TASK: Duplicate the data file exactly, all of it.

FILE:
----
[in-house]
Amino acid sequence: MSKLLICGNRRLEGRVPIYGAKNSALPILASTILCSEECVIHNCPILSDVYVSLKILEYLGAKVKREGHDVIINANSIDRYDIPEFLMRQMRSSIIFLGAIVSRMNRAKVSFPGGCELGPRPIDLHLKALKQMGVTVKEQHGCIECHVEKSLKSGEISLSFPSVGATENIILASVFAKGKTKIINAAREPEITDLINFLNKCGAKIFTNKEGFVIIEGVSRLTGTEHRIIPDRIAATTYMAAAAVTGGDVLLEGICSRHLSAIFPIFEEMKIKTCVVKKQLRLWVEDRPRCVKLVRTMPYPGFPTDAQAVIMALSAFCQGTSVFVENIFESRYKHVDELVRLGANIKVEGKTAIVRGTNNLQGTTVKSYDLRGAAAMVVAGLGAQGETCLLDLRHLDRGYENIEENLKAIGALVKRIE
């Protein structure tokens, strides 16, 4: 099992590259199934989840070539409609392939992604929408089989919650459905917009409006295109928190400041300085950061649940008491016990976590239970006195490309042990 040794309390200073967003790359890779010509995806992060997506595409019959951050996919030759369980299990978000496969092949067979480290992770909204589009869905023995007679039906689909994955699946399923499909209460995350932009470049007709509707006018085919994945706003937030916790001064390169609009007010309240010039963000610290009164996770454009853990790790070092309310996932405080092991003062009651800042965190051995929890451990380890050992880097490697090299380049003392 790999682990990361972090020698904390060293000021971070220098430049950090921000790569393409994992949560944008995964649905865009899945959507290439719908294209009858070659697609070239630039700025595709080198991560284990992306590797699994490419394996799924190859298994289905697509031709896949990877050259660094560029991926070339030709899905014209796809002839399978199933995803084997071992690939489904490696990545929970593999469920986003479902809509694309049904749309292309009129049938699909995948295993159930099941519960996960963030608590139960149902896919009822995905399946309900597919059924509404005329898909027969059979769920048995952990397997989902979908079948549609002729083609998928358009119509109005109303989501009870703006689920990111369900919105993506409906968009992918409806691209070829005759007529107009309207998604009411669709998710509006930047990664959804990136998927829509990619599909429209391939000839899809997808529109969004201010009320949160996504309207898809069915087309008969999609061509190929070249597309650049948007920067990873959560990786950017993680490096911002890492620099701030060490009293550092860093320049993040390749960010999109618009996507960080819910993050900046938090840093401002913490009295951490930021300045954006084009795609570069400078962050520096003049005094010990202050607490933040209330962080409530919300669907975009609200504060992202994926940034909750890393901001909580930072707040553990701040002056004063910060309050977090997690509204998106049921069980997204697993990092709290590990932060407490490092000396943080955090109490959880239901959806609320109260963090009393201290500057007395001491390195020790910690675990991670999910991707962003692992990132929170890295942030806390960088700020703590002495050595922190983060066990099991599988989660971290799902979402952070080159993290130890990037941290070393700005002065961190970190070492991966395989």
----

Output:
[in-house]
Amino acid sequence: MSKLLICGNRRLEGRVPIYGAKNSALPILASTILCSEECVIHNCPILSDVYVSLKILEYLGAKVKREGHDVIINANSIDRYDIPEFLMRQMRSSIIFLGAIVSRMNRAKVSFPGGCELGPRPIDLHLKALKQMGVTVKEQHGCIECHVEKSLKSGEISLSFPSVGATENIILASVFAKGKTKIINAAREPEITDLINFLNKCGAKIFTNKEGFVIIEGVSRLTGTEHRIIPDRIAATTYMAAAAVTGGDVLLEGICSRHLSAIFPIFEEMKIKTCVVKKQLRLWVEDRPRCVKLVRTMPYPGFPTDAQAVIMALSAFCQGTSVFVENIFESRYKHVDELVRLGANIKVEGKTAIVRGTNNLQGTTVKSYDLRGAAAMVVAGLGAQGETCLLDLRHLDRGYENIEENLKAIGALVKRIE
């Protein structure tokens, strides 16, 4: 099992590259199934989840070539409609392939992604929408089989919650459905917009409006295109928190400041300085950061649940008491016990976590239970006195490309042990 040794309390200073967003790359890779010509995806992060997506595409019959951050996919030759369980299990978000496969092949067979480290992770909204589009869905023995007679039906689909994955699946399923499909209460995350932009470049007709509707006018085919994945706003937030916790001064390169609009007010309240010039963000610290009164996770454009853990790790070092309310996932405080092991003062009651800042965190051995929890451990380890050992880097490697090299380049003392 790999682990990361972090020698904390060293000021971070220098430049950090921000790569393409994992949560944008995964649905865009899945959507290439719908294209009858070659697609070239630039700025595709080198991560284990992306590797699994490419394996799924190859298994289905697509031709896949990877050259660094560029991926070339030709899905014209796809002839399978199933995803084997071992690939489904490696990545929970593999469920986003479902809509694309049904749309292309009129049938699909995948295993159930099941519960996960963030608590139960149902896919009822995905399946309900597919059924509404005329898909027969059979769920048995952990397997989902979908079948549609002729083609998928358009119509109005109303989501009870703006689920990111369900919105993506409906968009992918409806691209070829005759007529107009309207998604009411669709998710509006930047990664959804990136998927829509990619599909429209391939000839899809997808529109969004201010009320949160996504309207898809069915087309008969999609061509190929070249597309650049948007920067990873959560990786950017993680490096911002890492620099701030060490009293550092860093320049993040390749960010999109618009996507960080819910993050900046938090840093401002913490009295951490930021300045954006084009795609570069400078962050520096003049005094010990202050607490933040209330962080409530919300669907975009609200504060992202994926940034909750890393901001909580930072707040553990701040002056004063910060309050977090997690509204998106049921069980997204697993990092709290590990932060407490490092000396943080955090109490959880239901959806609320109260963090009393201290500057007395001491390195020790910690675990991670999910991707962003692992990132929170890295942030806390960088700020703590002495050595922190983060066990099991599988989660971290799902979402952070080159993290130890990037941290070393700005002065961190970190070492991966395989």